Exploring an old favorite

I recently needed to get my kids out of the house, because, well, climbing the walls and such. My hope was that the American Tobacco Campus would have its pop-up ice skating rink open for the season. My expectations were low, as I hadn’t seen any media announcing the rink being up and running.

I brought along my camera in the event that I could snag a few photos of the campus’s holiday decorations, which are stunning this time of year.

The kiddos were fascinated by the strands of lights and wondered at the logistics of stringing them along the tower. 

I love visiting the American Tobacco Campus because there is always something new to discover, even for frequent visitors. Like this sweet little mural. I’ve never noticed it before.

And I love that the holidays offer a fresh perspective on a familiar space.

My nuggets, acting momentarily sweet. 

And one final glimpse before we headed home for the evening.

No ice skating rink. Not even close. But a trip to the American Tobacco Campus is always worth the views.

Woodlake Community trail

As a photographer who leans toward taking portraits in natural settings, my eyes are always peeled for new and different locations. I once visited the Woodlake Community trail in southwest Durham with a photography class and fell in love with the variety of scenes found there. There is a playground, two lakes and three miles of paved walking trails.

For families, this is great. It provides a great deal of entertainment for young children within a small space and keeps them energized throughout a photo session.

From the photographer’s perspective, the setting is nice because there is both shade and sun, plus a variety of backdrops that range from forest to fence, and lake to tall grasses.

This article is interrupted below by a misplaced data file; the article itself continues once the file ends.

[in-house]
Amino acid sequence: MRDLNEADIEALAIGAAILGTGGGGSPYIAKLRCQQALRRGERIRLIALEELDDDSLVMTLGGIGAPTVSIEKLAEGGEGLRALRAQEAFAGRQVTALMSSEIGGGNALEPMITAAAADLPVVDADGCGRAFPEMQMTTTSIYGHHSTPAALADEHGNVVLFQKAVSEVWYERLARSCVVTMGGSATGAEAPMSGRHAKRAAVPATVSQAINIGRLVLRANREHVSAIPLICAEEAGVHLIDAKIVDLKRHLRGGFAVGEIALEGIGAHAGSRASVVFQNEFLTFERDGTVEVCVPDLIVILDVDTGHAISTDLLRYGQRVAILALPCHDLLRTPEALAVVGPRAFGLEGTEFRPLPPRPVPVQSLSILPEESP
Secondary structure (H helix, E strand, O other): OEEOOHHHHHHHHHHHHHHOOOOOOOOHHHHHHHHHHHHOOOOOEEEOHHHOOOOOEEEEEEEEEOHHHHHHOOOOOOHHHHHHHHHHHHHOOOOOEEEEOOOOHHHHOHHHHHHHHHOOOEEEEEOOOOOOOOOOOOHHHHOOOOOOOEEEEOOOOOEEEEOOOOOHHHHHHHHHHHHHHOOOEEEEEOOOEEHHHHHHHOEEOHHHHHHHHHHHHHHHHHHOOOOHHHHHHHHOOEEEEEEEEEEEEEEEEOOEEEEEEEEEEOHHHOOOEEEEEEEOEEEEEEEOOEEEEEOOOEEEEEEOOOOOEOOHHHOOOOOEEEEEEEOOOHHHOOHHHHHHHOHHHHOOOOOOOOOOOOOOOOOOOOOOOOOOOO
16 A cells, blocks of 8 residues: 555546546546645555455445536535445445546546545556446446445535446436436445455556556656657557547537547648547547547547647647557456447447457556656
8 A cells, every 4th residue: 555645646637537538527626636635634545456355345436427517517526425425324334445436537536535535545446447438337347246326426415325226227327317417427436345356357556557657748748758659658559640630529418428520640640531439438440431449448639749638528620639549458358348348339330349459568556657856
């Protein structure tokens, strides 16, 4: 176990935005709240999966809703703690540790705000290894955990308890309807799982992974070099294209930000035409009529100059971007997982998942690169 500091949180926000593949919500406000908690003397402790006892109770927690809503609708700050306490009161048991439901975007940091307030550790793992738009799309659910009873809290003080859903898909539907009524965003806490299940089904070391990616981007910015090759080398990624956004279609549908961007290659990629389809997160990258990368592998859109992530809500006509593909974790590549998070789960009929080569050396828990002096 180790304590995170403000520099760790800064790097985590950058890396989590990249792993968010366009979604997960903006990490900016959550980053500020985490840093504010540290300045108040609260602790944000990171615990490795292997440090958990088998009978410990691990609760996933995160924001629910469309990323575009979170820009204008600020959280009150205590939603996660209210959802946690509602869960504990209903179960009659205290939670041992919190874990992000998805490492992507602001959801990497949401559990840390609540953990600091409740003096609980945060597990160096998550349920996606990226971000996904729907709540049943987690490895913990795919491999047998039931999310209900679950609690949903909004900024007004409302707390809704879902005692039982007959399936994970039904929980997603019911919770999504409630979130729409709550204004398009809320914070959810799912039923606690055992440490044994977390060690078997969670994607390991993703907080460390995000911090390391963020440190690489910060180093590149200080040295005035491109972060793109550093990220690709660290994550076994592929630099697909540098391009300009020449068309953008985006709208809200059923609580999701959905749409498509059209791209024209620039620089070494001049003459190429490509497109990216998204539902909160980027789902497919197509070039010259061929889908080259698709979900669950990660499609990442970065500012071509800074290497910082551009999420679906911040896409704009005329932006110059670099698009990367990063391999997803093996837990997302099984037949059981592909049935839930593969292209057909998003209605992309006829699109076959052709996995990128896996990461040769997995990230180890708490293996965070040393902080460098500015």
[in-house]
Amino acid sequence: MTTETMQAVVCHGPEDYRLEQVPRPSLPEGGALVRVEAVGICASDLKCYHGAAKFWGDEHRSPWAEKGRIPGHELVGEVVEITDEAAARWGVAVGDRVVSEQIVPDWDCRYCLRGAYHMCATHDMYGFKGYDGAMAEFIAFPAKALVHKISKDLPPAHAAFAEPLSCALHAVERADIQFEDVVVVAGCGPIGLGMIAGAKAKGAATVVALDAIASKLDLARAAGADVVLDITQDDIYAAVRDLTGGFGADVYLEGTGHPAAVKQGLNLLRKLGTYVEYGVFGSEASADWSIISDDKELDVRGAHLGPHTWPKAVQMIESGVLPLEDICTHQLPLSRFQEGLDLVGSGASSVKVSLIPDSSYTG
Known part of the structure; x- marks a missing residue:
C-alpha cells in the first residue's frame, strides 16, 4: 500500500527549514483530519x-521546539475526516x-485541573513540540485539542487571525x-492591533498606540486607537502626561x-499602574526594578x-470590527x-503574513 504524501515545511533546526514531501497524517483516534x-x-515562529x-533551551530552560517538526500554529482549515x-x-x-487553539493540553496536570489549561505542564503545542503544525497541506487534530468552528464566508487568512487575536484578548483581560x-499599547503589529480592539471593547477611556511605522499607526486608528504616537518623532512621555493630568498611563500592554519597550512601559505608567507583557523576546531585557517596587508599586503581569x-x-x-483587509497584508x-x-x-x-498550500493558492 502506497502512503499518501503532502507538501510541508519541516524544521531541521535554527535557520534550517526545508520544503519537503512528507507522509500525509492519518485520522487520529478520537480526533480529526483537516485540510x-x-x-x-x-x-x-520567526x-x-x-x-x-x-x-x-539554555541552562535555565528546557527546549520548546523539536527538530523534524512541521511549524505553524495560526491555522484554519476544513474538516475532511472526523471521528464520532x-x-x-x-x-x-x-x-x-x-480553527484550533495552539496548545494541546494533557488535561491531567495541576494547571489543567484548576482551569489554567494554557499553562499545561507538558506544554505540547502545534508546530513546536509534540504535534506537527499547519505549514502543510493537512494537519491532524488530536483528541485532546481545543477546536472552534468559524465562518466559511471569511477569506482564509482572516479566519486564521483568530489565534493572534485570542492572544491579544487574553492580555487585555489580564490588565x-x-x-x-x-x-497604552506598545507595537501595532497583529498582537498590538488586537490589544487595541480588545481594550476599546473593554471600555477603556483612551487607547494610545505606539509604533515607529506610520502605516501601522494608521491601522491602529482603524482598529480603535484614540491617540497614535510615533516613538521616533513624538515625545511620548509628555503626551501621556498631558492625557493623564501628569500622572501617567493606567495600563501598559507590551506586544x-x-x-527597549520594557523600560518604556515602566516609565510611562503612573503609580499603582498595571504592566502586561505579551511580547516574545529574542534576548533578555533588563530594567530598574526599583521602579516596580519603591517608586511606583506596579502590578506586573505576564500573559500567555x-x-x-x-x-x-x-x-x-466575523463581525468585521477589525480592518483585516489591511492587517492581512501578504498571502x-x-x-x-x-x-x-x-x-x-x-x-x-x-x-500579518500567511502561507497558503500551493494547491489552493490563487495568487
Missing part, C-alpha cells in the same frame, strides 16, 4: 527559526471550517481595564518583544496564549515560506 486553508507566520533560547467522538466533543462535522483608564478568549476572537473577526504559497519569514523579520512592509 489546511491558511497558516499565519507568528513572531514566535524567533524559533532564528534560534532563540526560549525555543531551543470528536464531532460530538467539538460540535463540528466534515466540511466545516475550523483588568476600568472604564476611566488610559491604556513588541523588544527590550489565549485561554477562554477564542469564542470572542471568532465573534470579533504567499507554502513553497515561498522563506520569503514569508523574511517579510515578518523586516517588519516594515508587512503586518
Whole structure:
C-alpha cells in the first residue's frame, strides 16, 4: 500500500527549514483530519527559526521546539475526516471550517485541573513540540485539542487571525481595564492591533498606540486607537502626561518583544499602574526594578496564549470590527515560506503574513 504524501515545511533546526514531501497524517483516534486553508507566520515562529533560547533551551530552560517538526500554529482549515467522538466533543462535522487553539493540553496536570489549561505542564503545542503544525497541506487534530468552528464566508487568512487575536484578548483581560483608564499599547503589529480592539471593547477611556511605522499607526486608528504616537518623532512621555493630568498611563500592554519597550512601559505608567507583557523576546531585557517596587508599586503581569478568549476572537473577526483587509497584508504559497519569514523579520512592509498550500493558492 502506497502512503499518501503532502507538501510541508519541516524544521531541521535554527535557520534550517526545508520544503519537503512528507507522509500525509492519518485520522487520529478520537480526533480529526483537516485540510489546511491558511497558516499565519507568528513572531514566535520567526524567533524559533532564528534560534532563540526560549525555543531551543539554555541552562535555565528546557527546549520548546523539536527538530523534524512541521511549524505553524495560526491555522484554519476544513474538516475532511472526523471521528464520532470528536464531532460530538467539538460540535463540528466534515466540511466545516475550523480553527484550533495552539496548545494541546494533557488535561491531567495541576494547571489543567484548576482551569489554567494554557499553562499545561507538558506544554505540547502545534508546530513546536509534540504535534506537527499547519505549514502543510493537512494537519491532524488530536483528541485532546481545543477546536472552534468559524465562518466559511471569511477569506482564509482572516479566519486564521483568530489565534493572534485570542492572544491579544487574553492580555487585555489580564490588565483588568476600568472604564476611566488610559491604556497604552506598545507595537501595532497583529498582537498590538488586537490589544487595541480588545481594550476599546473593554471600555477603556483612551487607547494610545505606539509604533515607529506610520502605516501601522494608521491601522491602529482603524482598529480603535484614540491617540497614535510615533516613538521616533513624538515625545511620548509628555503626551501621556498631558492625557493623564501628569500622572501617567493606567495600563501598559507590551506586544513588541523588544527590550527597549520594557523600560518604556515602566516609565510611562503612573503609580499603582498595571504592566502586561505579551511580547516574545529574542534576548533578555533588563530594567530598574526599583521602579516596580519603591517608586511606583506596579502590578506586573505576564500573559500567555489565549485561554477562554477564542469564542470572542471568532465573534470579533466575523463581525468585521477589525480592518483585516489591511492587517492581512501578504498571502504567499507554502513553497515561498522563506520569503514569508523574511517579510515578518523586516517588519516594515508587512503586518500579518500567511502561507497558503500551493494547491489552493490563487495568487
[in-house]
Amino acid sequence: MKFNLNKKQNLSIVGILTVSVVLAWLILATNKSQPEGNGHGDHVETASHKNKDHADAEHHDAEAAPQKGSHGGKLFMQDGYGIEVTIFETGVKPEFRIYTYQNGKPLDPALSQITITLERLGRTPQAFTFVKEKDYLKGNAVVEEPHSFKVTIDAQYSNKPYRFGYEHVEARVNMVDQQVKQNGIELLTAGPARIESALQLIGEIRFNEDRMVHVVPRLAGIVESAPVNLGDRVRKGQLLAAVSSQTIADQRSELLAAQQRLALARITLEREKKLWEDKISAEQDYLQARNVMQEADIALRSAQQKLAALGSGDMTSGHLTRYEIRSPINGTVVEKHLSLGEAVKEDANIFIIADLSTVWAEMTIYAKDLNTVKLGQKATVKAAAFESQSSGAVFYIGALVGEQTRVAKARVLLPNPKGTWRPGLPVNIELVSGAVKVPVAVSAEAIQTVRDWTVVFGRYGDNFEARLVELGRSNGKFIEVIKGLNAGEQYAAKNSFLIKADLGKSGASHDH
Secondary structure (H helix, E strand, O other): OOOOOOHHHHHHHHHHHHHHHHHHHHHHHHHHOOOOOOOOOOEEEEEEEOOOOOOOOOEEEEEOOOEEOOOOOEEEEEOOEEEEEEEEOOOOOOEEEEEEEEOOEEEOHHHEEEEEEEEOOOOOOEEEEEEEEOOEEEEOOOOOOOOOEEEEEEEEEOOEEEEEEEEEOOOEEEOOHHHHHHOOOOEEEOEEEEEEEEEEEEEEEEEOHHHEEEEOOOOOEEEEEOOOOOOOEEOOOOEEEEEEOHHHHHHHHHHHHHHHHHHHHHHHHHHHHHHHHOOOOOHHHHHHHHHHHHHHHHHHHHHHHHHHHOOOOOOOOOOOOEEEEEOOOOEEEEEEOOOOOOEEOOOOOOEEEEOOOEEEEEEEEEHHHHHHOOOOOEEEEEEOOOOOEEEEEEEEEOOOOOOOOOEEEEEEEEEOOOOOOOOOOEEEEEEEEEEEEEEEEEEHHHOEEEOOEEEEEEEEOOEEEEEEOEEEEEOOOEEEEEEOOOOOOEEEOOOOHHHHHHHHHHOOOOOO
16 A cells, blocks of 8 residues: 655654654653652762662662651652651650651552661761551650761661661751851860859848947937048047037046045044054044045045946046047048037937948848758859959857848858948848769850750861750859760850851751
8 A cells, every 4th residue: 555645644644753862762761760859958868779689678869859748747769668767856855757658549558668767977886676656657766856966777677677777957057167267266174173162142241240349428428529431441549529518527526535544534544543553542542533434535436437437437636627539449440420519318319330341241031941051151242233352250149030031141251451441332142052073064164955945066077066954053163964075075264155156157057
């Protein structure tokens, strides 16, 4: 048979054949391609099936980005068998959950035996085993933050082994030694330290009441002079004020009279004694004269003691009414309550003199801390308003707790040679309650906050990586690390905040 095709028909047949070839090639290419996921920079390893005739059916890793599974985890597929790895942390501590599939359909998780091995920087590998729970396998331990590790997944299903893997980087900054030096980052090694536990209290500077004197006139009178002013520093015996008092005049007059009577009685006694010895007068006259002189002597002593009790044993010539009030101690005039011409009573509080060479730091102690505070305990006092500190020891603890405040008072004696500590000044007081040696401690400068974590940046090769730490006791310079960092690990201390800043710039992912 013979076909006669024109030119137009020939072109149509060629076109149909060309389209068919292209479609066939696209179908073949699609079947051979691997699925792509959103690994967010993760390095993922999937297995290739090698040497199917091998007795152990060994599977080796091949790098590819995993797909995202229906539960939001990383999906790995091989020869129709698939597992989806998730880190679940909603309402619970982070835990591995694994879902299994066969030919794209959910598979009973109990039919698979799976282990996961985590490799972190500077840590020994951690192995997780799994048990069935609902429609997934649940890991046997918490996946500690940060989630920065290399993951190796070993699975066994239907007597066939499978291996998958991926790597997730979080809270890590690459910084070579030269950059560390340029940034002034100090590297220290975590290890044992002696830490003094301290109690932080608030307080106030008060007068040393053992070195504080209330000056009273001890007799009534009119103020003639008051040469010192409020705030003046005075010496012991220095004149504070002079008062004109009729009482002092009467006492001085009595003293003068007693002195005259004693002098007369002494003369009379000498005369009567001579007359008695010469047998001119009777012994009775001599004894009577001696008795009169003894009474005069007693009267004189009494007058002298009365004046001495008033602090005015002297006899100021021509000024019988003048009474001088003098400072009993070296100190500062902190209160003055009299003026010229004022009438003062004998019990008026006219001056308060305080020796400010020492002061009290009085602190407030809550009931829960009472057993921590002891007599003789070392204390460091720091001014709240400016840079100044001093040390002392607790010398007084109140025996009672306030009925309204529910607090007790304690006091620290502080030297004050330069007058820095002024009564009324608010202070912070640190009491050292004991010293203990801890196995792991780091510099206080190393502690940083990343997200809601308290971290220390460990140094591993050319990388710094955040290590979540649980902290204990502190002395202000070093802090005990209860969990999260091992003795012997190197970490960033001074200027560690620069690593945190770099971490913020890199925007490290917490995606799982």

While it is most exquisite during fall, when the foliage surrounding the lake is on fire, today’s visit (and inexcusable cell phone photos) showcase some nice nooks for photos even in the dead heat of summer.

One critical thing to note: this is a neighborhood community. I would recommend bringing only very small groups here (4 ppl or under) for photos, and absolutely no equipment beyond a camera and maybe a reflector. Also, because it is a natural setting, there are often geese present. Just something to consider. 

Now snap away to your heart’s content.

Ready for take off

For years I’ve been told that the RDU Observation Park is a must-visit gem of the Triangle, particularly with young children. Today, I finally brought my children to check it out, and it did not disappoint. 

It has an observation deck to watch planes of all sizes take off and land, a climbing area built over a sandpit, a “runway,” sprawling grassy areas and restrooms. The air is filled with the soundtrack of jet planes. It is only a short walking distance from the General Aviation Terminal, which is air conditioned and features big glass windows for private flight viewing.

This is one of those magnificent locations that is fun for families, unique and works quite well for some interesting photos. I’m so glad I packed a camera to test out the space on my favorite subjects, my Busbee babies.